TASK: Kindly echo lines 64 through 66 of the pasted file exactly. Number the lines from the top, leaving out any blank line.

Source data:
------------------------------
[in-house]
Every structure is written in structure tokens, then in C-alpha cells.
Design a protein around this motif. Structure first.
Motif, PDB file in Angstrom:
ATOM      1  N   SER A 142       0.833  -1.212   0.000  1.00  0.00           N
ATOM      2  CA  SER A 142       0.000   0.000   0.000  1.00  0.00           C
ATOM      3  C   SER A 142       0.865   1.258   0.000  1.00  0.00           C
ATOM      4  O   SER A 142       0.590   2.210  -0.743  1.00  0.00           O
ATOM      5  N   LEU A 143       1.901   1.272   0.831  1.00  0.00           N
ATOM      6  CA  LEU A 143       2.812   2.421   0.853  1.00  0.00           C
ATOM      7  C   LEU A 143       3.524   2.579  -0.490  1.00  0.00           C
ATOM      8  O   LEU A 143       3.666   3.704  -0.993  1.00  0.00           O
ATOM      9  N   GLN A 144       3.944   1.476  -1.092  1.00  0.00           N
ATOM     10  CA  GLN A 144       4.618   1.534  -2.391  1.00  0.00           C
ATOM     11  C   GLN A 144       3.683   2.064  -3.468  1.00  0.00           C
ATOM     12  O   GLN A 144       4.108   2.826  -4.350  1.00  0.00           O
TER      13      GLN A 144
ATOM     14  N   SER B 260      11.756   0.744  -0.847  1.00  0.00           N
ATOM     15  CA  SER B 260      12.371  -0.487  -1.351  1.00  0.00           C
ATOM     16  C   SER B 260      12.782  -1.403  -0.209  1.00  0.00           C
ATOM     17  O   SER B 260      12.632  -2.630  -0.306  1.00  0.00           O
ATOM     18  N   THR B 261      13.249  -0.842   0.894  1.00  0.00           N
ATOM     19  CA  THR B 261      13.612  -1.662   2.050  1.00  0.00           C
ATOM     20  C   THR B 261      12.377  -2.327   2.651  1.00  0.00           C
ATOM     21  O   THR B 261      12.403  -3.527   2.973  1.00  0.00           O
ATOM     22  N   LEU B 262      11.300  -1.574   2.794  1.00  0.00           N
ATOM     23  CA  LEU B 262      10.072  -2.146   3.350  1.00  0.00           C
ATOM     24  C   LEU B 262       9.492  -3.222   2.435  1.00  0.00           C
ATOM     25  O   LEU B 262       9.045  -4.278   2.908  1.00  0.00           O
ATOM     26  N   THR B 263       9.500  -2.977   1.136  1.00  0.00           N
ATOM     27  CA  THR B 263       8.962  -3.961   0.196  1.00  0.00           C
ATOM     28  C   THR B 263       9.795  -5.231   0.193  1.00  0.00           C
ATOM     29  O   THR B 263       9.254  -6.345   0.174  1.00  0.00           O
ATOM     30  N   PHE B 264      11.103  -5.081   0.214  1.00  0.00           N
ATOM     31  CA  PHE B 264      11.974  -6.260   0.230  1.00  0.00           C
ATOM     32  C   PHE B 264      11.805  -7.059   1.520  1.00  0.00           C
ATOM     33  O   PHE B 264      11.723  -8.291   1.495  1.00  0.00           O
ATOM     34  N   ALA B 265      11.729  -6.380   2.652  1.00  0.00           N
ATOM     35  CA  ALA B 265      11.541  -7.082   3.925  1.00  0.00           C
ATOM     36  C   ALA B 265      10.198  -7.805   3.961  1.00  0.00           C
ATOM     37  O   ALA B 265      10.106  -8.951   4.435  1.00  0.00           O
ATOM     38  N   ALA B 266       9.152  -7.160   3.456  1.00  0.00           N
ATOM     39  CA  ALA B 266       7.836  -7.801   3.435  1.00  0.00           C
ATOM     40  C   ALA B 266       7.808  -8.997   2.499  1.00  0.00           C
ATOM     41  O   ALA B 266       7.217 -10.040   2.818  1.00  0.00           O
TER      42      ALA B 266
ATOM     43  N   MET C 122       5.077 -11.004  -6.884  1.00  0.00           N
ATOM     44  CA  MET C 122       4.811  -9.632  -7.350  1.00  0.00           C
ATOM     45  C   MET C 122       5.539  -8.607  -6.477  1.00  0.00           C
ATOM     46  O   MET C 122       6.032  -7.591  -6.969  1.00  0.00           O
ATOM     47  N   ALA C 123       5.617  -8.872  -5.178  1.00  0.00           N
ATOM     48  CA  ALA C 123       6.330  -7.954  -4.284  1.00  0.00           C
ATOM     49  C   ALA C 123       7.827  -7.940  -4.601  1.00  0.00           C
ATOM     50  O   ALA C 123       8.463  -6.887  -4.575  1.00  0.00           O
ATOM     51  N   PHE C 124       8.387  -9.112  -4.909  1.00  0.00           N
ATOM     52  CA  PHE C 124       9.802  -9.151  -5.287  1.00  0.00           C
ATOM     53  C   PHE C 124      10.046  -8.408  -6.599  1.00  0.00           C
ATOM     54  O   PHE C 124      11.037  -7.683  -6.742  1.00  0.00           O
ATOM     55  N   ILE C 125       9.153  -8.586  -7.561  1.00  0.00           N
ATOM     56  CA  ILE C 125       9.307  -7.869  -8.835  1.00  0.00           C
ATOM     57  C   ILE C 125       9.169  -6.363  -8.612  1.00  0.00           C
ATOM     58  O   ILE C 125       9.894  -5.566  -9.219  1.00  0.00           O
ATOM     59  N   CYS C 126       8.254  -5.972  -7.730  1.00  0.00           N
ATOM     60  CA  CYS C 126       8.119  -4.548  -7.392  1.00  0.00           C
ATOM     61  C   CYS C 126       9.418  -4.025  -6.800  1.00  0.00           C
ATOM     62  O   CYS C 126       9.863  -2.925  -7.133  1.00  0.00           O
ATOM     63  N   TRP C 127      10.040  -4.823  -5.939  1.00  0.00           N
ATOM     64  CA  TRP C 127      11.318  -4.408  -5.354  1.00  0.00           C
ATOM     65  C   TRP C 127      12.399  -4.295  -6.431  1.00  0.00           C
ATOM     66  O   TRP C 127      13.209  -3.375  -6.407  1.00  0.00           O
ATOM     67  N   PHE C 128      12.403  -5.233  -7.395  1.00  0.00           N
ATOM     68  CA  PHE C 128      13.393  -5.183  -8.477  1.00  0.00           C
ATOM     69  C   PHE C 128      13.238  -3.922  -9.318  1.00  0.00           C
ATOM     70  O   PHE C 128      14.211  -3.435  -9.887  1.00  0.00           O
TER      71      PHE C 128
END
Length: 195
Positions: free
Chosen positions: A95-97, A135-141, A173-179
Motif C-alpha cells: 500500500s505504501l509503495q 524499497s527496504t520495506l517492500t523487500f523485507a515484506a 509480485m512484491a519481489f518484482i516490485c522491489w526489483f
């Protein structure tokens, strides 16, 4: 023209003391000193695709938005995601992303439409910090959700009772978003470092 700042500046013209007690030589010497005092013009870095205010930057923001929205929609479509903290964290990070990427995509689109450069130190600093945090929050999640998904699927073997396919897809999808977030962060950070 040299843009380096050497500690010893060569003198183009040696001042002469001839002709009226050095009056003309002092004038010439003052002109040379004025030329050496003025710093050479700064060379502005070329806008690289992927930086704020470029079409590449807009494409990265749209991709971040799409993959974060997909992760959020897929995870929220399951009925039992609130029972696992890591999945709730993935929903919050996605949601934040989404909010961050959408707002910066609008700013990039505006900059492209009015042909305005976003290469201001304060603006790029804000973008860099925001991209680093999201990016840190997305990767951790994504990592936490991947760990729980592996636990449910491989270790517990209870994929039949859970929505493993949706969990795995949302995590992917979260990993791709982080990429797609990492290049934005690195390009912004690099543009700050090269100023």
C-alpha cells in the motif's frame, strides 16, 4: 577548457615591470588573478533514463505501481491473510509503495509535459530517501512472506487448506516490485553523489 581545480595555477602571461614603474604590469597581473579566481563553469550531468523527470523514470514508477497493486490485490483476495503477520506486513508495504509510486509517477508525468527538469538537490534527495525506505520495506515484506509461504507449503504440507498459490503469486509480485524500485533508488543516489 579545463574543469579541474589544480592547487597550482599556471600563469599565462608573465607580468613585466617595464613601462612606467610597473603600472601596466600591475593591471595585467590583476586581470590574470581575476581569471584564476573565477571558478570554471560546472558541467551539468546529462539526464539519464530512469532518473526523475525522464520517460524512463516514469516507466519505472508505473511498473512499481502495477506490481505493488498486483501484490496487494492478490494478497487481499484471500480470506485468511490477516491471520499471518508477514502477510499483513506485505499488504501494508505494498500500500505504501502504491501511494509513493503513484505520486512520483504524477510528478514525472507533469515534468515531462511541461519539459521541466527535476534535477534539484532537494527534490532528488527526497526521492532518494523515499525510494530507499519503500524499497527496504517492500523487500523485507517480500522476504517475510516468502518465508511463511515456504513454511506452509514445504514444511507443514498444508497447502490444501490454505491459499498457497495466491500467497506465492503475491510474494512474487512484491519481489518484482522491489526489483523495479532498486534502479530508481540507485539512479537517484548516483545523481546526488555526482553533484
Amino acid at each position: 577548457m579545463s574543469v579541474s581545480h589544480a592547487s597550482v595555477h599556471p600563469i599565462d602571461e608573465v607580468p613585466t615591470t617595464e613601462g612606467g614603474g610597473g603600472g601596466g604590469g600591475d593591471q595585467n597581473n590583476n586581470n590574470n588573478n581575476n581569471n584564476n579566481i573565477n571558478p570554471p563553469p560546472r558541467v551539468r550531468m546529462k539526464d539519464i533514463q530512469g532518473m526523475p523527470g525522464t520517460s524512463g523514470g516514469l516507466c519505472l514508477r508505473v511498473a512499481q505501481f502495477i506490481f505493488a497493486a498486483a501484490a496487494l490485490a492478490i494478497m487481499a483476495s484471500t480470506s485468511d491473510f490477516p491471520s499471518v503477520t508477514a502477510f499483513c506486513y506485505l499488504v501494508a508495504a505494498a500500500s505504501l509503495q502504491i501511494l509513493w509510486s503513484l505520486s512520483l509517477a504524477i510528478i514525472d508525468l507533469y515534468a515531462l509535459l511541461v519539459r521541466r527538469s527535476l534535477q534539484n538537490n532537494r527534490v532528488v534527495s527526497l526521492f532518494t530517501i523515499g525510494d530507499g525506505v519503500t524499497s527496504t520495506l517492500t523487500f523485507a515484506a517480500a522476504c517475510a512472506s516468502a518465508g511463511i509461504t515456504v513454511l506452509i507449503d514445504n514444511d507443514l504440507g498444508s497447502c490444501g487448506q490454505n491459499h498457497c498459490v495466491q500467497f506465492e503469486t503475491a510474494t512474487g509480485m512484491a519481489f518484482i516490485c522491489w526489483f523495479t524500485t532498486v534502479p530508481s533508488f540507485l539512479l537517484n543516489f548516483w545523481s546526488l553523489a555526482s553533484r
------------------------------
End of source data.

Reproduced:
ATOM     60  CA  CYS C 126       8.119  -4.548  -7.392  1.00  0.00           C
ATOM     61  C   CYS C 126       9.418  -4.025  -6.800  1.00  0.00           C
ATOM     62  O   CYS C 126       9.863  -2.925  -7.133  1.00  0.00           O